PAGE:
Find out why it's important to work with different types of data when measuring the experience of people who have dementia. Get tips to help you do this.
- Working with questions and data
- You are here: Quantitative Data
- Qualitative Data
- Identifying and developing questions
- Quality of Life: scales and measures
- Analysing your dementia research data
- Checking your dementia research results
- Describing change and impact, and action plans
- Reporting on your research findings
‘Quantitative’ refers to data that is numerical.
Questions are about quantities, for example:
- how many people living with dementia have been admitted to our hospital from care homes without their “This Is Me” information to guide staff about how to meet their needs?
- what percentage of people answered ‘yes’ or ‘no’, chose option 'a', 'b' or 'c' for our survey question,?
gaining insight into trends and patterns among the people you are engaging with. This can give strength to your plans and findings and help direct your next steps.
- ‘During the co-production stage of this project, 90% of the participants said that they would like the service to have a befriending element. We therefore included this in our service design.’
‘Of the 120 service users who provided feedback to us, 80% said they were Satisfied or Very Satisfied with the service’. This means that only 96 people had some level of satisfaction with the service, but to explore the reasons why 24 service users were unsatisfied you will need qualitative data.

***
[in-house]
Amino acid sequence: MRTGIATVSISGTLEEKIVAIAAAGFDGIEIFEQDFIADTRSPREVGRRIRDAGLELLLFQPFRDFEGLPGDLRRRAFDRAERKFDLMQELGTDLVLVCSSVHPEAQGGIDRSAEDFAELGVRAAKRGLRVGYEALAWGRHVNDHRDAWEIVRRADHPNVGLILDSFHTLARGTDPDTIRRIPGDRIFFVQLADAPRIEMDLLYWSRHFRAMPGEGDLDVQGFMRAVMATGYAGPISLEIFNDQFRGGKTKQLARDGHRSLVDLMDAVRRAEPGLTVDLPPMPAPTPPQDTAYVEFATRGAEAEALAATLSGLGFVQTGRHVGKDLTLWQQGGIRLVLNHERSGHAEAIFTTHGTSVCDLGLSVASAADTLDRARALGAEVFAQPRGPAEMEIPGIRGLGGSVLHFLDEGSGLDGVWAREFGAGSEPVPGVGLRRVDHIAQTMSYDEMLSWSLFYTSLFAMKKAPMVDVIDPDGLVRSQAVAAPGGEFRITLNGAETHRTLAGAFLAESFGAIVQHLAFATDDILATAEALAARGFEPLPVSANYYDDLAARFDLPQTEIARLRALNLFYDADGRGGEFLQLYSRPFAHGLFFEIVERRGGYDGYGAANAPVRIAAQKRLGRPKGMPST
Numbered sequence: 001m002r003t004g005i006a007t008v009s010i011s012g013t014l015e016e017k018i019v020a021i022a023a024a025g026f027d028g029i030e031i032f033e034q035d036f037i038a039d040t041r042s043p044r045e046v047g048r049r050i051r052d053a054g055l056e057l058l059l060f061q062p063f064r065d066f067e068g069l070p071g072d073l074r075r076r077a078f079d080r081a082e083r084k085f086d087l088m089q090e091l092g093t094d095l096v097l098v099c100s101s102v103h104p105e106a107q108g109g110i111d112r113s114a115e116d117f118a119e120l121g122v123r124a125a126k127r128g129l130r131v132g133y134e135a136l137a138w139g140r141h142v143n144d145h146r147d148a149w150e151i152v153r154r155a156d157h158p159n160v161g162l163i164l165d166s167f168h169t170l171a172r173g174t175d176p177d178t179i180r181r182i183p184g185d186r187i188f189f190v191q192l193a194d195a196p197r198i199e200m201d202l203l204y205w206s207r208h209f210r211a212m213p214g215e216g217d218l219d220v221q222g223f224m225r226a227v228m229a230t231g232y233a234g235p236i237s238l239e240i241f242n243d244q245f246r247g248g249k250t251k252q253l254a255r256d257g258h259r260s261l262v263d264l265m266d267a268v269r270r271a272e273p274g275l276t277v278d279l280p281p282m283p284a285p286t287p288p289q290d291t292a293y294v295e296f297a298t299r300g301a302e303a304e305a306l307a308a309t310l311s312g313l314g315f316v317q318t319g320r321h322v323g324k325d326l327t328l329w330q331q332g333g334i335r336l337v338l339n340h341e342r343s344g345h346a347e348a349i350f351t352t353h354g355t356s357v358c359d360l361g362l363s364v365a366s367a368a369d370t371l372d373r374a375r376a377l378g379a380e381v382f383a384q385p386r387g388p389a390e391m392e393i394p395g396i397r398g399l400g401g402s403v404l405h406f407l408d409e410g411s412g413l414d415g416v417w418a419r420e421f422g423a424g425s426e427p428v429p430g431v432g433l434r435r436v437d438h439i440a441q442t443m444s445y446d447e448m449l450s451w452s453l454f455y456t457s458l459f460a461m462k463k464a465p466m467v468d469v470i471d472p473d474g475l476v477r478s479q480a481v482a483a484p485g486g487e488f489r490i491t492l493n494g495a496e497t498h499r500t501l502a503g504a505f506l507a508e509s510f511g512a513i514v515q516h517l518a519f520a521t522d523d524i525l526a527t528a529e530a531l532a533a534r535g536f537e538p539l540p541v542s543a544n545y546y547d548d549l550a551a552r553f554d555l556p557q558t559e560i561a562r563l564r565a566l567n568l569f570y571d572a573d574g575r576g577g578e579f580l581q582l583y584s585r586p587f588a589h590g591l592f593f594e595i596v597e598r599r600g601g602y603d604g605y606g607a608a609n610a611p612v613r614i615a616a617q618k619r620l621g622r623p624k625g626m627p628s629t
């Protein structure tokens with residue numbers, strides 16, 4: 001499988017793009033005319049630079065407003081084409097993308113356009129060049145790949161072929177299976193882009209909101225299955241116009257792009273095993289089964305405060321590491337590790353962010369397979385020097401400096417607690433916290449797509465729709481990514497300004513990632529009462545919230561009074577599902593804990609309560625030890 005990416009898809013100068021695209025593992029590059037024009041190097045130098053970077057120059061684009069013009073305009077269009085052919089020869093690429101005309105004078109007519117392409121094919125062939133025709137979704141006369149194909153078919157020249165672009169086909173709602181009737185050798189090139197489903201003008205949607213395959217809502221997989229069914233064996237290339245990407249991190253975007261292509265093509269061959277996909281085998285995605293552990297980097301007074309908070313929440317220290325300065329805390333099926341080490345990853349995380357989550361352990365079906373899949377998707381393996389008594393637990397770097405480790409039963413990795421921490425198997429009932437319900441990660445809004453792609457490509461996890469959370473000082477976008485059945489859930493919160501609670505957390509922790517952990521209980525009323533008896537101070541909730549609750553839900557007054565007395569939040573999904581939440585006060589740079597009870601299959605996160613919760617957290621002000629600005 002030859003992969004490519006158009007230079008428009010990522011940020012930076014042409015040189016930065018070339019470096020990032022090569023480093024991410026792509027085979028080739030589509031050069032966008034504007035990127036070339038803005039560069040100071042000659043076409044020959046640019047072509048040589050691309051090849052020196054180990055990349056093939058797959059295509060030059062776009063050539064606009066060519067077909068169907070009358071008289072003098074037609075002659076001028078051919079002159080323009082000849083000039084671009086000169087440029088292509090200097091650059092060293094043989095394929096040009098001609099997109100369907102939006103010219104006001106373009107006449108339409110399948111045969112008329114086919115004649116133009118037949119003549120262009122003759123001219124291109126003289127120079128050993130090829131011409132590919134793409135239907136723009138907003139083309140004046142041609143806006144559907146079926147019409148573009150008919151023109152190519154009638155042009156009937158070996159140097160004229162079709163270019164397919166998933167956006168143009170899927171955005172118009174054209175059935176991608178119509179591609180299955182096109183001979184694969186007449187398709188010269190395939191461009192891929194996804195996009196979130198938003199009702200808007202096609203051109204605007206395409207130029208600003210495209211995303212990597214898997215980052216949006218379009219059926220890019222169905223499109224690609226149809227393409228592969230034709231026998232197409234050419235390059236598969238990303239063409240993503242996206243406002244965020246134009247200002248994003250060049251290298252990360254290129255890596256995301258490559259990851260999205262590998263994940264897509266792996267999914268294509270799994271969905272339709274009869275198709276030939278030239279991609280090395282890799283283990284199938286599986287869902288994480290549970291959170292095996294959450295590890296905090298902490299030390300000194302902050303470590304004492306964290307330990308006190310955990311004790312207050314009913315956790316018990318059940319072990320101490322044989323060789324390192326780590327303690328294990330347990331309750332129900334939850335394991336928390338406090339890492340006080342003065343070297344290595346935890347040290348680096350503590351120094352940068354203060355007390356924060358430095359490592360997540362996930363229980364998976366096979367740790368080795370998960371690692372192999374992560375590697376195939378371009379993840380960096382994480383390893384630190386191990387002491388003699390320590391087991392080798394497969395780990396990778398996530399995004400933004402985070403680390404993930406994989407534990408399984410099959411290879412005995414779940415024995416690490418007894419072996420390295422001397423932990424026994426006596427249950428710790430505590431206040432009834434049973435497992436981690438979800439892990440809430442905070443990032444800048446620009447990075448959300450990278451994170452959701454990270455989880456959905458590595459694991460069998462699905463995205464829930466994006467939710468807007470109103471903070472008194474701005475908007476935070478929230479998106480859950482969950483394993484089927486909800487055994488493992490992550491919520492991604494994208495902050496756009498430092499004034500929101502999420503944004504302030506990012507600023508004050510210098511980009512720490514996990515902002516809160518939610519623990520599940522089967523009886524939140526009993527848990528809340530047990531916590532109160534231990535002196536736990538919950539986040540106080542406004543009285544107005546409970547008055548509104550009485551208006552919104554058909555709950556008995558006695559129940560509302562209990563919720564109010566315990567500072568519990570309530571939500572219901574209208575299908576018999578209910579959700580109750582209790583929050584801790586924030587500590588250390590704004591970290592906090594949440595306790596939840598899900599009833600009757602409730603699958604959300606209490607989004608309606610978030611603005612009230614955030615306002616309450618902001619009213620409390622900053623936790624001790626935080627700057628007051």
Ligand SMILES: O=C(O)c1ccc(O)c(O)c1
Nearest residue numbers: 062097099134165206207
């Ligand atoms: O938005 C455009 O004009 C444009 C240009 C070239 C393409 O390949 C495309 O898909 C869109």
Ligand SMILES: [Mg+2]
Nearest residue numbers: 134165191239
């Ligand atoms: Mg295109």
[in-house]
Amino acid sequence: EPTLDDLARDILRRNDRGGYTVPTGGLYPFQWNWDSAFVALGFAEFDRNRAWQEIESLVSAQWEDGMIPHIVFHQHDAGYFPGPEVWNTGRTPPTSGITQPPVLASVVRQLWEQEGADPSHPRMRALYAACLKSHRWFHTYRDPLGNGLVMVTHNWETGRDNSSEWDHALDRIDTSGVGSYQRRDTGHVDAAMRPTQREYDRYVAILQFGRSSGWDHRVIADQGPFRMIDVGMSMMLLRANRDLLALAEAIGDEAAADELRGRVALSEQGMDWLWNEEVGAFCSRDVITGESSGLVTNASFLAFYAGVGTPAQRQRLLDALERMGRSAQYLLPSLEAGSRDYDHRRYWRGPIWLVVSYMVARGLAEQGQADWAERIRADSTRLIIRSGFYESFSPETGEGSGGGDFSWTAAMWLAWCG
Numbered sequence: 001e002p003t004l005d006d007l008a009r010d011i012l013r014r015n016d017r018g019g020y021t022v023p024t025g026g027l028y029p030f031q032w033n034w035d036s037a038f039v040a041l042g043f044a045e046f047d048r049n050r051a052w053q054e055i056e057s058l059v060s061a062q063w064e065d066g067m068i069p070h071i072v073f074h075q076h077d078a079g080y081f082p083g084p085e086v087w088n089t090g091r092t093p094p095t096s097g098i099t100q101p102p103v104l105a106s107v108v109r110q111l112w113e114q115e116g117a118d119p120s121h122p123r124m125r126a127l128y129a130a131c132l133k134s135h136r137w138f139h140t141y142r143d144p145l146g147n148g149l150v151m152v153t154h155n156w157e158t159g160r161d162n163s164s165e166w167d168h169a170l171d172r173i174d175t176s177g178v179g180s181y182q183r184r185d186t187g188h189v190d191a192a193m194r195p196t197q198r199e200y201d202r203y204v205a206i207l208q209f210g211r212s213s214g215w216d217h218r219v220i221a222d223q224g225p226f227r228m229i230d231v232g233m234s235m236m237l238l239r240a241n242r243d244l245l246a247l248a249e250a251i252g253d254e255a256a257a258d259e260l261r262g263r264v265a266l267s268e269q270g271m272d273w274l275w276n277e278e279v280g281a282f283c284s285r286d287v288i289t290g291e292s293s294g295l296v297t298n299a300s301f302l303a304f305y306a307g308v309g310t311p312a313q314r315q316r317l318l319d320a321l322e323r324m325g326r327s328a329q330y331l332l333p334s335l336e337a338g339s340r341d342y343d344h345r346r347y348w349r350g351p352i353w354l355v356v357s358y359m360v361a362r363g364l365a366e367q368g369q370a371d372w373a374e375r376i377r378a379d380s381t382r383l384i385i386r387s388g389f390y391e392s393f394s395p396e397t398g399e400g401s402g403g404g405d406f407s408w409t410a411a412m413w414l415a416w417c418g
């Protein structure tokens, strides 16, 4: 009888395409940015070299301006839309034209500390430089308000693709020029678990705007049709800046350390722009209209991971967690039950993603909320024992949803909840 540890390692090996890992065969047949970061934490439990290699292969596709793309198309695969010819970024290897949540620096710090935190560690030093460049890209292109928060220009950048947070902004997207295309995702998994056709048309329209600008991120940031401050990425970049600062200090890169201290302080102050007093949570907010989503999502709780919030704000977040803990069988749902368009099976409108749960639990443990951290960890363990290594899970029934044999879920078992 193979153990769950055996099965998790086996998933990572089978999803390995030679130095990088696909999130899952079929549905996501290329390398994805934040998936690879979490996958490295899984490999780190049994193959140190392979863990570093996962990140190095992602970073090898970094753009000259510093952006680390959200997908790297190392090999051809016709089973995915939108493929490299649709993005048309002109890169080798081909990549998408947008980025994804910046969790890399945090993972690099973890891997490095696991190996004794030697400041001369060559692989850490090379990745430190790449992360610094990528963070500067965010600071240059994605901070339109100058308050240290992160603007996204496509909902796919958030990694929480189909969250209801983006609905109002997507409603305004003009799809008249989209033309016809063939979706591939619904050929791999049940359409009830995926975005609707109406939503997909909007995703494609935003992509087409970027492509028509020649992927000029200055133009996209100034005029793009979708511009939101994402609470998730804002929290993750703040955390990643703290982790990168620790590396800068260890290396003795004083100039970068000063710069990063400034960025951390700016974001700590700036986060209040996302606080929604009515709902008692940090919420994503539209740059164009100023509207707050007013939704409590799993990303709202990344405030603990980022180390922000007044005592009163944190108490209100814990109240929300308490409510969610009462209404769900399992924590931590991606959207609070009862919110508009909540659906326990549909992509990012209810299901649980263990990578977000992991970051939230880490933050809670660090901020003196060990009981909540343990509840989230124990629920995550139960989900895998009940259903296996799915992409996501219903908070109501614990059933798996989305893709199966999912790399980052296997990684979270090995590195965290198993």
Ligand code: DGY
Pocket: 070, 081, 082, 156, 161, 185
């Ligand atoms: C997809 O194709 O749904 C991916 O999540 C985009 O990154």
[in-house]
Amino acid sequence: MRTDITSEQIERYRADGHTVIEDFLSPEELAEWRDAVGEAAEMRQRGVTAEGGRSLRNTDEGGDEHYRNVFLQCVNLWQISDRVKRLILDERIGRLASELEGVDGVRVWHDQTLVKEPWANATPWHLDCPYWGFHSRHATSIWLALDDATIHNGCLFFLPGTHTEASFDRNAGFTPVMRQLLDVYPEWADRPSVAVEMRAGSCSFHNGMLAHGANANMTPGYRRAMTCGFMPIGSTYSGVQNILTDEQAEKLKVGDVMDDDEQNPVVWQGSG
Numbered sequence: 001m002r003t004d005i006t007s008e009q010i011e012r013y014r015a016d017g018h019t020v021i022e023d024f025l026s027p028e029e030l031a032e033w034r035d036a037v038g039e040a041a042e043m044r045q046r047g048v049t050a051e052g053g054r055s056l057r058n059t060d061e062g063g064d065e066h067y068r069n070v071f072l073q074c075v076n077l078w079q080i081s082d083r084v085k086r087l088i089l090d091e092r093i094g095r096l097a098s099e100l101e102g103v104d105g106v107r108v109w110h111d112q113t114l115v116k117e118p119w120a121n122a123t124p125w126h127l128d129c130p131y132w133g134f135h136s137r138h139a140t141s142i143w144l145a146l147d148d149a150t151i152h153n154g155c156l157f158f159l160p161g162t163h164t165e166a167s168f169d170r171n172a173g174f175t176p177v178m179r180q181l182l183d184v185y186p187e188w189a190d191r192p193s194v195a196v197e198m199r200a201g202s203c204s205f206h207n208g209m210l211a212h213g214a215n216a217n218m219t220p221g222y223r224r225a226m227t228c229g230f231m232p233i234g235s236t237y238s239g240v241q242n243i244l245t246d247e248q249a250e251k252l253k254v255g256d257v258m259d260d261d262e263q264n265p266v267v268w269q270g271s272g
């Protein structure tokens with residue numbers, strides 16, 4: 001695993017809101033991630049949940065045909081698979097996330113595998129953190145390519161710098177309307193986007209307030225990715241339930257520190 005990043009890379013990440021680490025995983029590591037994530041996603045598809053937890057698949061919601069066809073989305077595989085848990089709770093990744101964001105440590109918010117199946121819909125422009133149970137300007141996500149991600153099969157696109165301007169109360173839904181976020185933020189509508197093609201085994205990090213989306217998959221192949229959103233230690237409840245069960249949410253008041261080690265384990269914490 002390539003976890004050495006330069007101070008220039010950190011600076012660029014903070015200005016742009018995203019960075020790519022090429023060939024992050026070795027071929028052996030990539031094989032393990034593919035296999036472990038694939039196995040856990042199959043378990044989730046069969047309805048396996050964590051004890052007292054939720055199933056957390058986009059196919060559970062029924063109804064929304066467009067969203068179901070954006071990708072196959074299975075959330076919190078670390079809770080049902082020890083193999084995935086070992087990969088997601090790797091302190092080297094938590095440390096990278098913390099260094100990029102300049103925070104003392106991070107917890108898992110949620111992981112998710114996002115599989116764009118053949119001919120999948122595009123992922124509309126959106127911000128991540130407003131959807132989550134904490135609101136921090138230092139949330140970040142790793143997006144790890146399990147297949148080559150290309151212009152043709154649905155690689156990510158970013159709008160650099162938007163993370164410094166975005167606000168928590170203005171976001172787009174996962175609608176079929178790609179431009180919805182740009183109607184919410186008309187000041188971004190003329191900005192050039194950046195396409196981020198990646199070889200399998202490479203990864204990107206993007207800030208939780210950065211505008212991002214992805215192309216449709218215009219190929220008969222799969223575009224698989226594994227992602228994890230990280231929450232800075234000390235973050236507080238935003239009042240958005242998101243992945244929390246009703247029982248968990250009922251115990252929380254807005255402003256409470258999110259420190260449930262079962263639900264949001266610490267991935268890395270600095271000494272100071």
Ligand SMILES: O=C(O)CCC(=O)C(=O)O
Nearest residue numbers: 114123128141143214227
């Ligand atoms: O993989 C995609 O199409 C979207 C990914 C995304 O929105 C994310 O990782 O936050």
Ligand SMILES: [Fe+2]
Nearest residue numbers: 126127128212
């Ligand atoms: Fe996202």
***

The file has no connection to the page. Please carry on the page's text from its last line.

- It’s easy to ask the same questions, seeking the same set of responses every time.
- It’s easy to summarise information given to set response ranges, for example as percentages.
- You may be able to be generalise the results to the wider population, if the responses are from a representative sample of your target user group.
- It’s easy to monitor changes in response rates to your set question response ranges over time.
- It may involve little writing and/or no speaking, which can be helpful for people who have difficulties about writing or with speech.
- You need lots of participants. This may be difficult to achieve, especially for minority groups.
- Results are rarely in detail and there’s a risk of overlooking minority views. If 8 out of 10 people living with dementia like the service, why is this and what do you know about the others? There could be a discriminatory impact.
- Can be inflexible. There’s a risk of importing unconscious bias, especially if you set questions without involvement of people living with dementia and/or carers.
- Some people may feel prevented from having their say on what matters to them if they can only choose answers you have selected for questions you have decided to ask.